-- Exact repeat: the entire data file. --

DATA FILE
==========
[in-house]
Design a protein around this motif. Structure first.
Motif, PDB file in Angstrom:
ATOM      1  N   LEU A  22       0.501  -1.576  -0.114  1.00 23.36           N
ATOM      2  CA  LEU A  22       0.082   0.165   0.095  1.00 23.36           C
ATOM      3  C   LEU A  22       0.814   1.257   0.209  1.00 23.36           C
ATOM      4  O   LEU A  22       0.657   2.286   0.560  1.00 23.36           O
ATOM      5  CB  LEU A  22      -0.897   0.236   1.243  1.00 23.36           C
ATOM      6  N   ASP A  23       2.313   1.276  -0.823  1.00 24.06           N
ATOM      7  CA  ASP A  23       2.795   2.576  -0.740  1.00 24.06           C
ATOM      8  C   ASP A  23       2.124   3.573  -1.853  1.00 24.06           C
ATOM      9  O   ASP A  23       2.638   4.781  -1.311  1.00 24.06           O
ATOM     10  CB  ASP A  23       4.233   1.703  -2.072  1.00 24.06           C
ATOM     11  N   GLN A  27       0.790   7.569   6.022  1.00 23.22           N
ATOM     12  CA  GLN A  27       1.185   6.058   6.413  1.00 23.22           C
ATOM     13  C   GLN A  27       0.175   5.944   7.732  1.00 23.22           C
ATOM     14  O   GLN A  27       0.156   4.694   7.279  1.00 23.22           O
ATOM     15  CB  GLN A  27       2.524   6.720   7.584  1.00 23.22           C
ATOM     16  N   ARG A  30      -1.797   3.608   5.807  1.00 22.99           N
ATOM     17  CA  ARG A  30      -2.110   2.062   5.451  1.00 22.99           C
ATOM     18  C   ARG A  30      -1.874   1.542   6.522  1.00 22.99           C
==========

[in-house]
Design a protein around this motif. Structure first.
Motif, PDB file in Angstrom:
ATOM      1  N   LEU A  22       0.501  -1.576  -0.114  1.00 23.36           N
ATOM      2  CA  LEU A  22       0.082   0.165   0.095  1.00 23.36           C
ATOM      3  C   LEU A  22       0.814   1.257   0.209  1.00 23.36           C
ATOM      4  O   LEU A  22       0.657   2.286   0.560  1.00 23.36           O
ATOM      5  CB  LEU A  22      -0.897   0.236   1.243  1.00 23.36           C
ATOM      6  N   ASP A  23       2.313   1.276  -0.823  1.00 24.06           N
ATOM      7  CA  ASP A  23       2.795   2.576  -0.740  1.00 24.06           C
ATOM      8  C   ASP A  23       2.124   3.573  -1.853  1.00 24.06           C
ATOM      9  O   ASP A  23       2.638   4.781  -1.311  1.00 24.06           O
ATOM     10  CB  ASP A  23       4.233   1.703  -2.072  1.00 24.06           C
ATOM     11  N   GLN A  27       0.790   7.569   6.022  1.00 23.22           N
ATOM     12  CA  GLN A  27       1.185   6.058   6.413  1.00 23.22           C
ATOM     13  C   GLN A  27       0.175   5.944   7.732  1.00 23.22           C
ATOM     14  O   GLN A  27       0.156   4.694   7.279  1.00 23.22           O
ATOM     15  CB  GLN A  27       2.524   6.720   7.584  1.00 23.22           C
ATOM     16  N   ARG A  30      -1.797   3.608   5.807  1.00 22.99           N
ATOM     17  CA  ARG A  30      -2.110   2.062   5.451  1.00 22.99           C
ATOM     18  C   ARG A  30      -1.874   1.542   6.522  1.00 22.99           C